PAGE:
Major Sign Banks on Verge of Collapse
Last Thursday, November 14, 2013, there was an important news item that hit my radar.
The credit rating agency Moody’s has cut its ratings of four major U.S. banks. The New York Times reports:
In its report Thursday, Moody’s lowered by one notch the holding company ratings for Morgan Stanley, Goldman Sachs, JPMorgan and Bank of New York Mellon […] reflecting a belief that the institutions would not receive the same level of government support in another financial meltdown.
Moody’s had originally warned of a possible downgrade on August 22 of this year. While some people may have ignored or dismissed it, it is now clear that this was not an empty warning.
Moody’s downgraded the credit ratings of four major U.S. banks on November 14, 2013.
So What Does the Rating Downgrade Actually Mean?
First, it helps to understand that credit ratings are designed to mislead American consumers. Most of us have grown up in public schools where a grade of A is excellent, B is good, C is average, etc.
In the banking world, they use the same letters, but they mean very different things.
For example, Morgan Stanley’s long-term senior unsecured debt was downgraded from Baa1 to Baa2, and its subordinated debt was downgraded from Baa2 to Baa3.
Just based on the letters involved in the rating, you might be inclined to think Morgan Stanley is doing okay, but you’d be wrong. Morgan Stanley’s credit rating is just one level above junk status now. Here’s what that means in terms of default risk:
One study by a rating service (Moody’s) claimed that over a “5-year time horizon” bonds it gave its highest rating (Aaa) to had a “cumulative default rate” of just 0.18%, the next highest (Aa2) 0.28%, the next (Baa2) 2.11%, 8.82% for the next (Ba2), and 31.24% for the lowest it studied (B2).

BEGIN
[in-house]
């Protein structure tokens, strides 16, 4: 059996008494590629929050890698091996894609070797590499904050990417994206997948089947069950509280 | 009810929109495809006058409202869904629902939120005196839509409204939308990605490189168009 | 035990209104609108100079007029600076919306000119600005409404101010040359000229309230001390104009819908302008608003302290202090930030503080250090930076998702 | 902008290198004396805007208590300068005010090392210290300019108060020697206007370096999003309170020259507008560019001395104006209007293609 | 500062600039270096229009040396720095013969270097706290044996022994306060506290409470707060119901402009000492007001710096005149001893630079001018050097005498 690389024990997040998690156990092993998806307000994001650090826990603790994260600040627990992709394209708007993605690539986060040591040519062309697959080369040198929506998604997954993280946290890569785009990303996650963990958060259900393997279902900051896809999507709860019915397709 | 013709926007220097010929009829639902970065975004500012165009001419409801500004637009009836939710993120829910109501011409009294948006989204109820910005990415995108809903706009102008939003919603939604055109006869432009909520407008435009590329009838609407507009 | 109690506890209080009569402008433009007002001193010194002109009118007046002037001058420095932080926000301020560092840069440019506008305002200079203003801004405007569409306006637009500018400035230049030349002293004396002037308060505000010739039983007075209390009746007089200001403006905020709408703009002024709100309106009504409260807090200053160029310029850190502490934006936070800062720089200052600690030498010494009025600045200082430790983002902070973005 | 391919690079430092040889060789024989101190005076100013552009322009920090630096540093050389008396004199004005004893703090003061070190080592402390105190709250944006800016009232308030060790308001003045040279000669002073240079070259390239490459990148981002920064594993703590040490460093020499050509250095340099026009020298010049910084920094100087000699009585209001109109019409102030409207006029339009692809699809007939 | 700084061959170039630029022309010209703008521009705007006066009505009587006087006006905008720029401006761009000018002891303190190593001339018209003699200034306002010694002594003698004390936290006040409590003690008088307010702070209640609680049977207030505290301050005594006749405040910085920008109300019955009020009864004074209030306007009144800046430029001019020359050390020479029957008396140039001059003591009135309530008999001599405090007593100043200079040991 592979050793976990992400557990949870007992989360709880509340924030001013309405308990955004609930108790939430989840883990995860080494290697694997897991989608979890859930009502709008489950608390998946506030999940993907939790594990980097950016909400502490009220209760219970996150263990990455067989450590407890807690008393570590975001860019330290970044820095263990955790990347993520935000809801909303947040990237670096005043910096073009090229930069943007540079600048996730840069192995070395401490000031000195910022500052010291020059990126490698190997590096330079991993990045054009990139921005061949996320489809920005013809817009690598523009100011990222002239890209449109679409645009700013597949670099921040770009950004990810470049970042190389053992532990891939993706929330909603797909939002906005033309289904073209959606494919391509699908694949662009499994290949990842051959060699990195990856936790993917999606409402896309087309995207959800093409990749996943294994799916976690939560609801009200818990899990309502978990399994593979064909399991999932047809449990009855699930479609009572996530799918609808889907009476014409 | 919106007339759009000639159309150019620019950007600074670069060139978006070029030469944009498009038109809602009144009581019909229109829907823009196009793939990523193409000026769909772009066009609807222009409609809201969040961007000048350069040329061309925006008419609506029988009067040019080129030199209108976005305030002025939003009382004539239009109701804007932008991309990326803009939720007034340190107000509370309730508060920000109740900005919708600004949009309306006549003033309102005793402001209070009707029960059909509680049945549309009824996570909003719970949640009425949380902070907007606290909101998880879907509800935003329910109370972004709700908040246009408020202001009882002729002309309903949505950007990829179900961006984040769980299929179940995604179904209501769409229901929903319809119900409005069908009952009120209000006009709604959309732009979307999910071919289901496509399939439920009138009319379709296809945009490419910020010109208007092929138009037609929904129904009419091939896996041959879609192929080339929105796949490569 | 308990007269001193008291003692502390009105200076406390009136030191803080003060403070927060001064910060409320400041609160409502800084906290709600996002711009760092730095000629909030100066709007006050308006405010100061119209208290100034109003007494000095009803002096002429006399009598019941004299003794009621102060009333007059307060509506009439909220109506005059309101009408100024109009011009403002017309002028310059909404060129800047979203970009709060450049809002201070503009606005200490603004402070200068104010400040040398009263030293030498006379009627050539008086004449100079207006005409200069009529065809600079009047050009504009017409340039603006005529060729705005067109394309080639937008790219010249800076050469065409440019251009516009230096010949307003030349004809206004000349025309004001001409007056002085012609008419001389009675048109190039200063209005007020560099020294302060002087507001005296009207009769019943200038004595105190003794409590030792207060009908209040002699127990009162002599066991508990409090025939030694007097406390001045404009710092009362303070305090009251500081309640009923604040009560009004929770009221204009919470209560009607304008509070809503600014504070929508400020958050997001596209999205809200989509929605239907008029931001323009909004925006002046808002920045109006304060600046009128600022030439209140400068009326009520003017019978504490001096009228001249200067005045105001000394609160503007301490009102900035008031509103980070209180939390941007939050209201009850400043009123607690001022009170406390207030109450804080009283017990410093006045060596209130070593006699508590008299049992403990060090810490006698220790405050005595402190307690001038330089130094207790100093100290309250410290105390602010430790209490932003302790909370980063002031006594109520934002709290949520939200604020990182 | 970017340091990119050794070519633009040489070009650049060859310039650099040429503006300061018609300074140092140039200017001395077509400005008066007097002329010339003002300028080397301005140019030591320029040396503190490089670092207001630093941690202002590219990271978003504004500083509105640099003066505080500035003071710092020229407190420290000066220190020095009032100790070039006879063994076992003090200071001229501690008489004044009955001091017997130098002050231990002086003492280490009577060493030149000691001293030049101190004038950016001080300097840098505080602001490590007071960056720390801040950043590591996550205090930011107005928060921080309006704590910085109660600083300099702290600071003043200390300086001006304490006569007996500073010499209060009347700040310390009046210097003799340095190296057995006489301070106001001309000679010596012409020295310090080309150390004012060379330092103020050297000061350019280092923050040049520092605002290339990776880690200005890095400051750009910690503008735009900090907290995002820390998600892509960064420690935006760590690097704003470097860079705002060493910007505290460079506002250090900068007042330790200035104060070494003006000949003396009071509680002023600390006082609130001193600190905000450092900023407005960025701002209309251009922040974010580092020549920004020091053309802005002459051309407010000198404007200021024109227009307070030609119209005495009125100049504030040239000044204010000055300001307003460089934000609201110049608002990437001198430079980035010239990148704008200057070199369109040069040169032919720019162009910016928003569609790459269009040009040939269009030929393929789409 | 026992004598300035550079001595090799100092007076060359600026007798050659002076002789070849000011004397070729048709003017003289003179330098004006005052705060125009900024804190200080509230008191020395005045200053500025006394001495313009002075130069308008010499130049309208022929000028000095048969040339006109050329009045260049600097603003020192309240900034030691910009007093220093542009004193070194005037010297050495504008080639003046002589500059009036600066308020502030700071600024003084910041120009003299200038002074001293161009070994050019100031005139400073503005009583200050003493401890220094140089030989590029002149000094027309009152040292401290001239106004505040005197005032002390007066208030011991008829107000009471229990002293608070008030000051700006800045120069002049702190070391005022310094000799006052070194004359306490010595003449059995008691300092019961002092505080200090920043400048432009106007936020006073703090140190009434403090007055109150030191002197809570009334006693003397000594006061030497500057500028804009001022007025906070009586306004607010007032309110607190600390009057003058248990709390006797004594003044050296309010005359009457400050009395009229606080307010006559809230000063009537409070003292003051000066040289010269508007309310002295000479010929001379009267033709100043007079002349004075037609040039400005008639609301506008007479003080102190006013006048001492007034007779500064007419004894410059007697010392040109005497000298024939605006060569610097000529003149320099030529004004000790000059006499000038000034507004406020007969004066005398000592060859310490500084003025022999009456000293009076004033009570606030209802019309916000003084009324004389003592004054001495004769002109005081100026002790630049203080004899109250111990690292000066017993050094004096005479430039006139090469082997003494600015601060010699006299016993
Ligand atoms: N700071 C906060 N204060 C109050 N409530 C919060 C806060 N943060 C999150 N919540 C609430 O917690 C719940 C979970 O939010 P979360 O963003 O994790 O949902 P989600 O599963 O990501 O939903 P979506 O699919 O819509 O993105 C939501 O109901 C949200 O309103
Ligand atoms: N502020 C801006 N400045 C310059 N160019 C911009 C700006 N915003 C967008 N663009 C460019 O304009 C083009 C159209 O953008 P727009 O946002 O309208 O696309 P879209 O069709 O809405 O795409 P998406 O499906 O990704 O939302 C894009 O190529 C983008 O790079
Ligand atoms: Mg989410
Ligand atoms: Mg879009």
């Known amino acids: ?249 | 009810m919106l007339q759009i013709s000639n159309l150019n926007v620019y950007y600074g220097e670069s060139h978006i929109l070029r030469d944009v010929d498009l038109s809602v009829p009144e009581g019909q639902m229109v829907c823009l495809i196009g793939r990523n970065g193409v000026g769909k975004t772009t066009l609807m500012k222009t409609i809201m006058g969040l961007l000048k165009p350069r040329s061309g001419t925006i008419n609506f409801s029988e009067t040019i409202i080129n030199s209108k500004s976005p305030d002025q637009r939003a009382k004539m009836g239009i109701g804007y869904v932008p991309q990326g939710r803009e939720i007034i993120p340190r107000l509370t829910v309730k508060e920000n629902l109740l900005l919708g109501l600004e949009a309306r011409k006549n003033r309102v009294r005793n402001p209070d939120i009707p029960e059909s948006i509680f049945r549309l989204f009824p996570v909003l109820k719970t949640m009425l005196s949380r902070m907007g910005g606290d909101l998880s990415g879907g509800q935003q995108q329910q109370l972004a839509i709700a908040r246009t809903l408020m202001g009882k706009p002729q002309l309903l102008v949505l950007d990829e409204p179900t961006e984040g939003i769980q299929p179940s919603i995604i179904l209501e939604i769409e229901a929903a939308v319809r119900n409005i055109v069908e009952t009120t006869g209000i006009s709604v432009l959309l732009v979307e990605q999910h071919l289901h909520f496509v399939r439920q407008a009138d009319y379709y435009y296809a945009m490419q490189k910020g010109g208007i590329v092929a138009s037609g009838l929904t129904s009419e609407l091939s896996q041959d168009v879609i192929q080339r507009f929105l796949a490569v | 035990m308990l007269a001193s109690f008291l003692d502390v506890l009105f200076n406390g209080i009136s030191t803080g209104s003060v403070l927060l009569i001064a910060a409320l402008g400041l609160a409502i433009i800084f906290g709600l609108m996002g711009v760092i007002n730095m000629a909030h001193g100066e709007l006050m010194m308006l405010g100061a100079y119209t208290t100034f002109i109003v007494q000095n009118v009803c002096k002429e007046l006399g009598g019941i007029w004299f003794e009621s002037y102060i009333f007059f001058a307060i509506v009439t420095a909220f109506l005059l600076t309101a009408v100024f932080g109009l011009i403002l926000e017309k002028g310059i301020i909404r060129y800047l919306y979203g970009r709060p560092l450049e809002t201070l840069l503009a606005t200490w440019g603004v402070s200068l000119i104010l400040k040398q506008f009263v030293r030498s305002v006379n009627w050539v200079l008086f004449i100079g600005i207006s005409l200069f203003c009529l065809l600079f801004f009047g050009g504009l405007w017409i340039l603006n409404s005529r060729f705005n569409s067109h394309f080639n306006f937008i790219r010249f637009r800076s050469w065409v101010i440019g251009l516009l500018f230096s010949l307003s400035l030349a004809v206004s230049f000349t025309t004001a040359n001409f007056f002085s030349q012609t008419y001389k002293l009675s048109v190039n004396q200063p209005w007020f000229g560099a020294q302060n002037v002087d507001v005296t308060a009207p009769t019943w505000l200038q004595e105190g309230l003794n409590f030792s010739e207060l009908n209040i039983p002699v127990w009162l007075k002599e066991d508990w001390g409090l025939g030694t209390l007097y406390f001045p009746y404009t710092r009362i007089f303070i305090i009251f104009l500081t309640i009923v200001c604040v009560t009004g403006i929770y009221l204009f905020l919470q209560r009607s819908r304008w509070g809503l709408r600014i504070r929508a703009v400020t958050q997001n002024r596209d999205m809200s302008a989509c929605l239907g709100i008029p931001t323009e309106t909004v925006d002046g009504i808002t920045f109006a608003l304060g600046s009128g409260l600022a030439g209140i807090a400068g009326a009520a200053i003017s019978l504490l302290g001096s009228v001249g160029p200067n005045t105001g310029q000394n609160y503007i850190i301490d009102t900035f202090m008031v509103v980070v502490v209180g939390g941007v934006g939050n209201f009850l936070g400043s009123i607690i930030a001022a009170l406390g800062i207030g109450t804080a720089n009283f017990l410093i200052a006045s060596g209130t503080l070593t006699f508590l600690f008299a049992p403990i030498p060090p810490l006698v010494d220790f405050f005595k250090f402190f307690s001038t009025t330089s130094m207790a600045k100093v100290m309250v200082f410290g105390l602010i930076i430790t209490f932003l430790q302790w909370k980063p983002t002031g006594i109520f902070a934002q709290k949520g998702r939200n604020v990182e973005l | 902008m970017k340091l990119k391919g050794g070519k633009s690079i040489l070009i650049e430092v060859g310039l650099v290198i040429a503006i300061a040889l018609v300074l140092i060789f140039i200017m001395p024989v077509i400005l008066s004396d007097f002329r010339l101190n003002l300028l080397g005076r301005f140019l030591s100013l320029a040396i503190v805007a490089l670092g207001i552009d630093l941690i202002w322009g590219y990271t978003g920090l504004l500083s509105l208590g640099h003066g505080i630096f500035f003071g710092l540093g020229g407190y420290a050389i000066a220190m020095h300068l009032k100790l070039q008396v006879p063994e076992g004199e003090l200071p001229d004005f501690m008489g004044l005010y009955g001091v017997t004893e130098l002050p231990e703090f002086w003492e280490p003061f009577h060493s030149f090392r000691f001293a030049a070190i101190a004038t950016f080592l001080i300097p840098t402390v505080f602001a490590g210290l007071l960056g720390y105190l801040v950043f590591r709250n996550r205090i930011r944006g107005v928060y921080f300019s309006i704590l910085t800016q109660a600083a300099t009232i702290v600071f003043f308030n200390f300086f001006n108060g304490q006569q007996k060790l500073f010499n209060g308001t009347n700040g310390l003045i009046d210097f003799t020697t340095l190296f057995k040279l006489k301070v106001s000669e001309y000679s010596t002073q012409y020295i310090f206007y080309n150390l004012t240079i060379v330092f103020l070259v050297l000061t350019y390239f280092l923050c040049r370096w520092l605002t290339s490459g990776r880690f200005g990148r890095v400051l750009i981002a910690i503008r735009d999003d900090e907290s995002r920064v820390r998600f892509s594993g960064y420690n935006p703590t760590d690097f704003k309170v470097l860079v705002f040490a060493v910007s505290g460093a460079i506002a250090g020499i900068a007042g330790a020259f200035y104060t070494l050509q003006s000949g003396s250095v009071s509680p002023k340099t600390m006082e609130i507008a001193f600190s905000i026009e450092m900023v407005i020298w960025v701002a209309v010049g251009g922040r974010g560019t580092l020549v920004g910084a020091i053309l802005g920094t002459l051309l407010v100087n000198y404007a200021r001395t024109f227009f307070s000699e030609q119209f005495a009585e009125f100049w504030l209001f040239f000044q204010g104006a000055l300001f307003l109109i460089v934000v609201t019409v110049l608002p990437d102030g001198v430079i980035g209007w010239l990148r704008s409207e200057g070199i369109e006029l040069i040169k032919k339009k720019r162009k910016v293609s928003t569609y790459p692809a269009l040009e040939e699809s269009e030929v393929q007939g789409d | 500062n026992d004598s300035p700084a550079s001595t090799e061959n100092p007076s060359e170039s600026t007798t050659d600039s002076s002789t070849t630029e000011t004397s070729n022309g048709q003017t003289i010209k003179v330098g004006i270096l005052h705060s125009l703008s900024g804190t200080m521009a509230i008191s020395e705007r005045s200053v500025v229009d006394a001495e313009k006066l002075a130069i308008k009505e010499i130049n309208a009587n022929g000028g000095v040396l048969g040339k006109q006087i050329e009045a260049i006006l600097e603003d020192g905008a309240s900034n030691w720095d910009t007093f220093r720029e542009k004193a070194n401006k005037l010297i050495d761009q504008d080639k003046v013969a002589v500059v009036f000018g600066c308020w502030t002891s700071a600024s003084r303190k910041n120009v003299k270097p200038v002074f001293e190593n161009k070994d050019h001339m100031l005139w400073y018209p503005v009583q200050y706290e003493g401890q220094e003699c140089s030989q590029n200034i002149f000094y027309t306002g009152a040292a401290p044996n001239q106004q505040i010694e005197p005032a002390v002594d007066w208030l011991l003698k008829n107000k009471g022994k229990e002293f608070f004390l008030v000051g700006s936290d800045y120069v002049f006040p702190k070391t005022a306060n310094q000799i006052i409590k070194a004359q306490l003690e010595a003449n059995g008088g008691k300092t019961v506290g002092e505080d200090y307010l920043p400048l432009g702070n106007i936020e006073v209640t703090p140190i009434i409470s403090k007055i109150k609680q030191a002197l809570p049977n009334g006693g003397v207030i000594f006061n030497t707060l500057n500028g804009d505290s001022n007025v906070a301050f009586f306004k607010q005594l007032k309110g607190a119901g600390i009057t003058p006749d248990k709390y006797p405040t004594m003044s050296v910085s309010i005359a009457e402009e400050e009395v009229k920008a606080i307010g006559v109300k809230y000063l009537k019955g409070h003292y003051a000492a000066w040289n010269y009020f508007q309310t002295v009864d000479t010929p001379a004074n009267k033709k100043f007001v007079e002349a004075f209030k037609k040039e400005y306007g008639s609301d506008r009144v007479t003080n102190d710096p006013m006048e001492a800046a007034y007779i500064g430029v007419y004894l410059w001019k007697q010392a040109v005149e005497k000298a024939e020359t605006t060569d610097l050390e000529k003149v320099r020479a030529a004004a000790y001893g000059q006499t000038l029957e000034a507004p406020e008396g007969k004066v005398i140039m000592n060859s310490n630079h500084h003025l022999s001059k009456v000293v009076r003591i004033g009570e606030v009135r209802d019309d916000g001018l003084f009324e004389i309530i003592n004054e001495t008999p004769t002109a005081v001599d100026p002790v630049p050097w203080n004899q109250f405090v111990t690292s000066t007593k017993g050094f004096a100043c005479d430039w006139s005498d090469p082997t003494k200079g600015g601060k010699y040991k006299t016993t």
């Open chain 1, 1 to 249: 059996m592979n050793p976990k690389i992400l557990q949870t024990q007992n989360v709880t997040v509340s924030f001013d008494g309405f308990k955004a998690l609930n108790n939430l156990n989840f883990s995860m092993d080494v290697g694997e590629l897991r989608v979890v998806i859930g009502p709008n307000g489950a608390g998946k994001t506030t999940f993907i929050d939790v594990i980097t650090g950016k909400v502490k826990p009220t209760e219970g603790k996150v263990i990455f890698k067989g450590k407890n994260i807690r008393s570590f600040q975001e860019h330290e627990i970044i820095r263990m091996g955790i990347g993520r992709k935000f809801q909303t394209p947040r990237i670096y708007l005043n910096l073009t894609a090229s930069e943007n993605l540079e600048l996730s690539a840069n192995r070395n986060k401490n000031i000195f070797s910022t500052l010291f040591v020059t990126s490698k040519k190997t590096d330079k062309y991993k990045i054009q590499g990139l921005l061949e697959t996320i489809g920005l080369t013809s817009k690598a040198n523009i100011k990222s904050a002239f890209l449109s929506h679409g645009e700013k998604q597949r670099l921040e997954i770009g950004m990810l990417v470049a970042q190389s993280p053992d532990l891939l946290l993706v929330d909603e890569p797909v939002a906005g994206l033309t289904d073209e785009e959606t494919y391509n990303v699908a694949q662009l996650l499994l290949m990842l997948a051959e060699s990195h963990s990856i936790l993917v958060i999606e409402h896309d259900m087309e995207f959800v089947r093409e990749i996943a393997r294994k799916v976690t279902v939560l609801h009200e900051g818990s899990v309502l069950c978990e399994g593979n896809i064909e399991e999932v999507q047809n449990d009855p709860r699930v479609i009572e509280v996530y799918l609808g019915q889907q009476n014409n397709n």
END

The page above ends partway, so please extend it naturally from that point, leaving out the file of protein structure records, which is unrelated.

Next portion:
Did you catch that? The cumulative default rate spikes geometrically with each rating drop. And Morgan Stanley’s current rating means the actual default rate is somewhere between 2-8%.
Is Moody’s Hinting at Another Financial Meltdown?
Okay, so the banks are still on uneven footing, and Moody’s has really just confirmed what many of us have privately suspected.
What I find most interesting is what’s hidden between the lines. When Moody’s says the banks “would not receive the same level of government support in another financial meltdown,” what are they really saying?
On the surface, Moody’s is saying these banks are not financially stable enough to survive the kind of economic distress we experienced in 2008/2009. Without government bail-outs, Moody’s expects these banks to default or fail.
But below the surface it seems Moody’s is factoring “another financial meltdown” into their risk model. In other words, they seem to expect it.
I don’t know about you, but I’ve been factoring another financial meltdown into my planning ever since the market began to rebound in 2009. Until the problems that led to the first crisis are resolved, there is little hope for financial stability.